© Ivelinr | - Partnership Puzzle Concept Photo
© Ivelinr | Dreamstime.comPartnership Puzzle Concept Photo


I feel a bit Goring-like when I hear the word ‘partnership’.  I’m all for partnership but only as a ‘means’ and not as an ‘end’.

All too often these days, those in nature conservation talk of partnership as if it’s the only way to get things done but it clearly isn’t.

I’m all for effective partnerships, and I have enjoyed quite a few very effective professional partnerships (both as a scientist and as a nature conservationist), and indeed set up quite a few, but others have been time-consuming, energy-sapping, unproductive and, quite honestly, dispiriting and a complete waste of time. So, as in other aspects of life, one must choose one’s professional partners carefully.

I spoke at a Local Nature Partnership event in Northampton a couple of weeks ago. I spoke a little about localness and nature but I didn’t say much about partnership (largely because I thought everyone else would be banging on about it).  I left them with the ‘means ‘ not ‘ends’ thought and with this example: if I had to choose between more partnership and less nature, or more nature and less partnership, I’d choose more nature every time.

726px-thumbnailI was reminded of this at the Response for Nature event last week when the minister, Rory Stewart, said that when William I created the Royal Forests they never really captured the public imagination and we must do much better and push for a public conversation about nature. Really? You get to be a minister and your reaction is to have a chat about things? That’s not exactly what fellow ministers George Osborne and Frances Maude did when they arrived in 2010 was it?

I’m not aware that William I was a great environmentalist, in fact he seems a bit of bastard by all accounts, but I notice that the New Forest is still there for us to enjoy. When William nipped over here from Normandy, with a bunch of other robber barons, he realised he had power and he used it (and no doubt abused it).  It’s what people do that is their legacy and that applies, most particularly to ministers. Defra is doing very little right now.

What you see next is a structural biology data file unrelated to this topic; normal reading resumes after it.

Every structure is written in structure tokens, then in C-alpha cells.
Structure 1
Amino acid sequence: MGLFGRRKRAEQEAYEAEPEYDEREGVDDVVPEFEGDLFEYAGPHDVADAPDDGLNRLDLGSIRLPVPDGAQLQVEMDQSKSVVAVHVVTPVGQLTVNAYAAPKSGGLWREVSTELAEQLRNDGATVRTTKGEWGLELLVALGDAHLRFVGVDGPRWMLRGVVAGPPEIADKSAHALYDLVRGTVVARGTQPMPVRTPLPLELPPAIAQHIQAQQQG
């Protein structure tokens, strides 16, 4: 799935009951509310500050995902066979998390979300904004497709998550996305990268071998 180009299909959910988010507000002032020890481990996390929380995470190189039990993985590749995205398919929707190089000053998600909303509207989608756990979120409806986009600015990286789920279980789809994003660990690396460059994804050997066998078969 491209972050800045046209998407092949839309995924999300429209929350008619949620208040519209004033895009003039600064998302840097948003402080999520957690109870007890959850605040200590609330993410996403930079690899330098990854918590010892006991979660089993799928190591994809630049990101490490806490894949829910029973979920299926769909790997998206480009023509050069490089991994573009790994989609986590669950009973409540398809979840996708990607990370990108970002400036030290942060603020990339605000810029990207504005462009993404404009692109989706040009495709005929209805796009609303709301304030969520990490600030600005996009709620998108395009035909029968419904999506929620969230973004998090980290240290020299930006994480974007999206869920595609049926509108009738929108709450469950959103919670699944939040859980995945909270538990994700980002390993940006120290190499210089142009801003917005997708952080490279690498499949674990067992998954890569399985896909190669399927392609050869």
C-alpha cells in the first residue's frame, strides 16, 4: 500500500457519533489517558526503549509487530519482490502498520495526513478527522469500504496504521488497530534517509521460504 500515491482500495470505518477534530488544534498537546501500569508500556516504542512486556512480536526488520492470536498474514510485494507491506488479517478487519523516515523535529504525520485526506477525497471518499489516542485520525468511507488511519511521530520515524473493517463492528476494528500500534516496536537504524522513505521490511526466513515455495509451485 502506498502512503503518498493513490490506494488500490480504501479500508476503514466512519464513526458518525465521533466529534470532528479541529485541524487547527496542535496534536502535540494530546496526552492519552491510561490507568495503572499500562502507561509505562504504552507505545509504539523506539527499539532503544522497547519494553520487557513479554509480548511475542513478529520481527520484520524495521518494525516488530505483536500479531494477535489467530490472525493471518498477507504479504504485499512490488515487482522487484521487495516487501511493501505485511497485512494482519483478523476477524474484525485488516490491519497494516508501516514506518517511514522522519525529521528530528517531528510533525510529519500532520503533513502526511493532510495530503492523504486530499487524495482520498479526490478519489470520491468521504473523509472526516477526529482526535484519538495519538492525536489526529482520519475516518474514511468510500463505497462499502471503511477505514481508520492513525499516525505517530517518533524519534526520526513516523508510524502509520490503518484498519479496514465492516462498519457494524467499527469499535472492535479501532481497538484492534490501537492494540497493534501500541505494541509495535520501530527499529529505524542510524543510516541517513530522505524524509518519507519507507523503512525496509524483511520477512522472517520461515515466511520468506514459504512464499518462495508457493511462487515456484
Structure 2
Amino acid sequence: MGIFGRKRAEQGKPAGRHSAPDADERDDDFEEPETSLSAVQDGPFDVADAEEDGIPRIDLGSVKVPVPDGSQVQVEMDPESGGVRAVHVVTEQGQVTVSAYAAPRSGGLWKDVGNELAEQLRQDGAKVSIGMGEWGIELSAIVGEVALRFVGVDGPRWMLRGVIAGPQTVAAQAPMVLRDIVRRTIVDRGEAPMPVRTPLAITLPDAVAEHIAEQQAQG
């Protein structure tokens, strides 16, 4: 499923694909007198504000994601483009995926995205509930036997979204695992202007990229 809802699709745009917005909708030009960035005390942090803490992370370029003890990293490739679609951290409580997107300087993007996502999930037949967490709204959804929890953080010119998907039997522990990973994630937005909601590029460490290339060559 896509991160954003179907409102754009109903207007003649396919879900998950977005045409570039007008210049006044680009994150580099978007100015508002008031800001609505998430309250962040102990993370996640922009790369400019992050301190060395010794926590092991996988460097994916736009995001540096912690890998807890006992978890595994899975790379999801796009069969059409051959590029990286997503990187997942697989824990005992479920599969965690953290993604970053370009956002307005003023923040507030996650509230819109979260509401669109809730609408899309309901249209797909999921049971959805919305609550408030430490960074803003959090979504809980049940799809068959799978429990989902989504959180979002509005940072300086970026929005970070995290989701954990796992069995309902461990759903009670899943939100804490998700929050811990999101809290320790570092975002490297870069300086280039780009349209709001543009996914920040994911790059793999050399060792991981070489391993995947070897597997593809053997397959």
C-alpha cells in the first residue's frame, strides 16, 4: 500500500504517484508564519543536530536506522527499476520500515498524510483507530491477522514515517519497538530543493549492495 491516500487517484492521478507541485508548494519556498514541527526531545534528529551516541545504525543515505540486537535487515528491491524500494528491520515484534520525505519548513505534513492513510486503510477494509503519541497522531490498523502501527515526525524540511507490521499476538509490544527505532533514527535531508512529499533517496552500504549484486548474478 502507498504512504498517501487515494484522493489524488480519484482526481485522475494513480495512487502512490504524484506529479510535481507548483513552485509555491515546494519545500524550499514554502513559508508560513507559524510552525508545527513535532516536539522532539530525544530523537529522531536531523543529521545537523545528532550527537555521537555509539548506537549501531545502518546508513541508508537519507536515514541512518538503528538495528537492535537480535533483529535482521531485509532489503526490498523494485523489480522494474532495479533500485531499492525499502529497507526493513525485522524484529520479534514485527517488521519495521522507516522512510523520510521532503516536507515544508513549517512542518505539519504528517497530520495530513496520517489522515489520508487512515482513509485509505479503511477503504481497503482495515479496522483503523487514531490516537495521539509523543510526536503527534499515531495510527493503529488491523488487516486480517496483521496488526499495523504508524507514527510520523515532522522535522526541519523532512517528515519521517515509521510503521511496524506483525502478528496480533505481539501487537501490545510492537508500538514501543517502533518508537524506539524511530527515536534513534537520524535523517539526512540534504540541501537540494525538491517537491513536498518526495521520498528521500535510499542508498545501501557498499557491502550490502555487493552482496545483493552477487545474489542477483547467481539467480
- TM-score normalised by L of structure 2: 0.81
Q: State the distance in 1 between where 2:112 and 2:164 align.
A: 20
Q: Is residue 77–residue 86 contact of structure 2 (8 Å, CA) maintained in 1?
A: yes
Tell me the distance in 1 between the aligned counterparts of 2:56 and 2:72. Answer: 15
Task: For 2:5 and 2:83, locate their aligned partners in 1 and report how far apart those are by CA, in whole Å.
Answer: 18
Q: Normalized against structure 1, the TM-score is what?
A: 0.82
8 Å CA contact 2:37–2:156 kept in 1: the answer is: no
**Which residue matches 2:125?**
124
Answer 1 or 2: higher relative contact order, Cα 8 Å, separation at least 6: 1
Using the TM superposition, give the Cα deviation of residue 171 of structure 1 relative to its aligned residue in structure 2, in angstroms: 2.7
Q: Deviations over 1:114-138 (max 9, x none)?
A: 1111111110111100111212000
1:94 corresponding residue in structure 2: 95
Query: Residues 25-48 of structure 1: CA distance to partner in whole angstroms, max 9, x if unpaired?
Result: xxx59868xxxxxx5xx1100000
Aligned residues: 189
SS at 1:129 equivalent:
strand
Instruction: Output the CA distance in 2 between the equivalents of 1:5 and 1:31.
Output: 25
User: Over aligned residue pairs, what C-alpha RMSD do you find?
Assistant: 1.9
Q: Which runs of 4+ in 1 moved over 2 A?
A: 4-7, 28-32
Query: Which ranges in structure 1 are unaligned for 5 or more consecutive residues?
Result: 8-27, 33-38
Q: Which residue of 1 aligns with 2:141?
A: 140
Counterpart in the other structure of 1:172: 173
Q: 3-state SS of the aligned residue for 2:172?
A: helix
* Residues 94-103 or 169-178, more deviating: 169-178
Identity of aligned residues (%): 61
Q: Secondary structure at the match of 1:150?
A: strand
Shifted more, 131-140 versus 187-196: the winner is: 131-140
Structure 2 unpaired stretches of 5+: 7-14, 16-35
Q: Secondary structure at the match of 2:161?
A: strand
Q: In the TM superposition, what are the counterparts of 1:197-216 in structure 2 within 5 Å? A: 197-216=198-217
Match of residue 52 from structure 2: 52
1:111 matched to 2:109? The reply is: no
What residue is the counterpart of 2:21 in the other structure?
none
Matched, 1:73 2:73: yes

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5 Replies to “Partnership”

  1. According to 'Shotover, the Natural History of a Royal Forest' by David Steel royal forests were established in Saxon times and their main function was to provide hunting grounds for the king. Hardly National Parks unless you mean the Peak District!

  2. Some partnerships are effective, despite being governed by committees. However, I'm minded to agree with the Robert Copeland quote: "To get something done a committee should consist of no more than three people, two of whom are absent."

  3. "..he had power...(and no doubt abused it)."

    I should say so.

  4. To misquote Hermann Goering [he hated culture] "when I hear the word partnership I reach for my revolver"..

    The other dreadful word which means to me - "establishment takeover" "watering down of original ideas" and just generally pointless, unproductive bureaucracy, is Protocol.

    As soon as someone says you must join a partnership or sign up to a protocol your organisation/idea/vision is doomed.

    That's not just an opinion that's cold hard nature conservation....I would start with the Partnership for Action Against Wildlife Crime Scotland [PAWCS] as an example. [or whatever its called this year, another pointer to failed partnerships is when they constantly change names...whats that quasi scientific organisation that works for shooting interests called this week?].

  5. Yes indeed. It depends on the motivations of the partners. If one or more party is joining a partnership in order to drive progress into the sand - in the manner of Governments setting up Commissions or Committees to 'look into the issue' as a means of kicking the issue down the road - then the partnership has a strong possibility of being a miserable road to nowhere. That said, if partnerships can be used to open doors just a fraction and this slight shift in position is then used to engage the unwilling in actions that can lead to surprising end-points, partnerships can sometimes be more useful than throwing chairs at each other.


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